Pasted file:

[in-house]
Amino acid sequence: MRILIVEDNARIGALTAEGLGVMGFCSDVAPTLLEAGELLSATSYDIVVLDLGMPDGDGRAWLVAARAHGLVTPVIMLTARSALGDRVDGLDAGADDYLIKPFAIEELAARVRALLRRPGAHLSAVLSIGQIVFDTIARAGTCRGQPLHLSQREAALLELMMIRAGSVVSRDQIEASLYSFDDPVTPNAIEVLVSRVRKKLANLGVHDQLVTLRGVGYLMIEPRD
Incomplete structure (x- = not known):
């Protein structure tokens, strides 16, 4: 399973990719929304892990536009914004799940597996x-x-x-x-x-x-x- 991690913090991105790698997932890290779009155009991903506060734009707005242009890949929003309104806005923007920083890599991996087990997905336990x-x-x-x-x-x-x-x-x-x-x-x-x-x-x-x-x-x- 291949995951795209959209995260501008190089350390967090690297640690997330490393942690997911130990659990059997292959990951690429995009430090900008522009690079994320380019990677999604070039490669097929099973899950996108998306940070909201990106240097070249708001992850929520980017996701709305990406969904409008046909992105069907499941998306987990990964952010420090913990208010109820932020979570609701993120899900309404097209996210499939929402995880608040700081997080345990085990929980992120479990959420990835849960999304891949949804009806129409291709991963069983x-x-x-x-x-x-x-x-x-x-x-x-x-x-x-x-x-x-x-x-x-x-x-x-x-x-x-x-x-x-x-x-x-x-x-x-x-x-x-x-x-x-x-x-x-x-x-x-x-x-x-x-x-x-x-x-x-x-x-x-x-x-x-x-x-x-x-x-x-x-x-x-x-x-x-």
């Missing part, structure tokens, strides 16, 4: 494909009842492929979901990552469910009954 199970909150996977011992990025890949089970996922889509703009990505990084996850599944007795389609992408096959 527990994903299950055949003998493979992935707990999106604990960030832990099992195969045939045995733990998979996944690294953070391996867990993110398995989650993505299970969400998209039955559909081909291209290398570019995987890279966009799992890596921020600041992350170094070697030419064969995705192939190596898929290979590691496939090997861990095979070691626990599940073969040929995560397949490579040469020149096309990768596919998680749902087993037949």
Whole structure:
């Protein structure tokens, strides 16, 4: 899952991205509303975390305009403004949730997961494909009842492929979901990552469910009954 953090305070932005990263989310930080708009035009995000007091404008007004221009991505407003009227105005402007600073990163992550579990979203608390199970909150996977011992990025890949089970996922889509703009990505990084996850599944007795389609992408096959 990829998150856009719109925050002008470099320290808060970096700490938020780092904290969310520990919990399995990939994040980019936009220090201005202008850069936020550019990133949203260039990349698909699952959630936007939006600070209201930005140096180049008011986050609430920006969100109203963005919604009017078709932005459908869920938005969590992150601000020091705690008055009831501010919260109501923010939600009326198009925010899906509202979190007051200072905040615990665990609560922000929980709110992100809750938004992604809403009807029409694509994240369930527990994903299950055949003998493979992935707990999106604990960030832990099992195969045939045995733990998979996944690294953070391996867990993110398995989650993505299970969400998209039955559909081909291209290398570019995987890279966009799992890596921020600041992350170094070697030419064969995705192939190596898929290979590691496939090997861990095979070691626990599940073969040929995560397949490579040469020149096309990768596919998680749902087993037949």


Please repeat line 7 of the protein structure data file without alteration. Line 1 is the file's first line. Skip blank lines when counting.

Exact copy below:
């Protein structure tokens, strides 16, 4: 899952991205509303975390305009403004949730997961494909009842492929979901990552469910009954 953090305070932005990263989310930080708009035009995000007091404008007004221009991505407003009227105005402007600073990163992550579990979203608390199970909150996977011992990025890949089970996922889509703009990505990084996850599944007795389609992408096959 990829998150856009719109925050002008470099320290808060970096700490938020780092904290969310520990919990399995990939994040980019936009220090201005202008850069936020550019990133949203260039990349698909699952959630936007939006600070209201930005140096180049008011986050609430920006969100109203963005919604009017078709932005459908869920938005969590992150601000020091705690008055009831501010919260109501923010939600009326198009925010899906509202979190007051200072905040615990665990609560922000929980709110992100809750938004992604809403009807029409694509994240369930527990994903299950055949003998493979992935707990999106604990960030832990099992195969045939045995733990998979996944690294953070391996867990993110398995989650993505299970969400998209039955559909081909291209290398570019995987890279966009799992890596921020600041992350170094070697030419064969995705192939190596898929290979590691496939090997861990095979070691626990599940073969040929995560397949490579040469020149096309990768596919998680749902087993037949």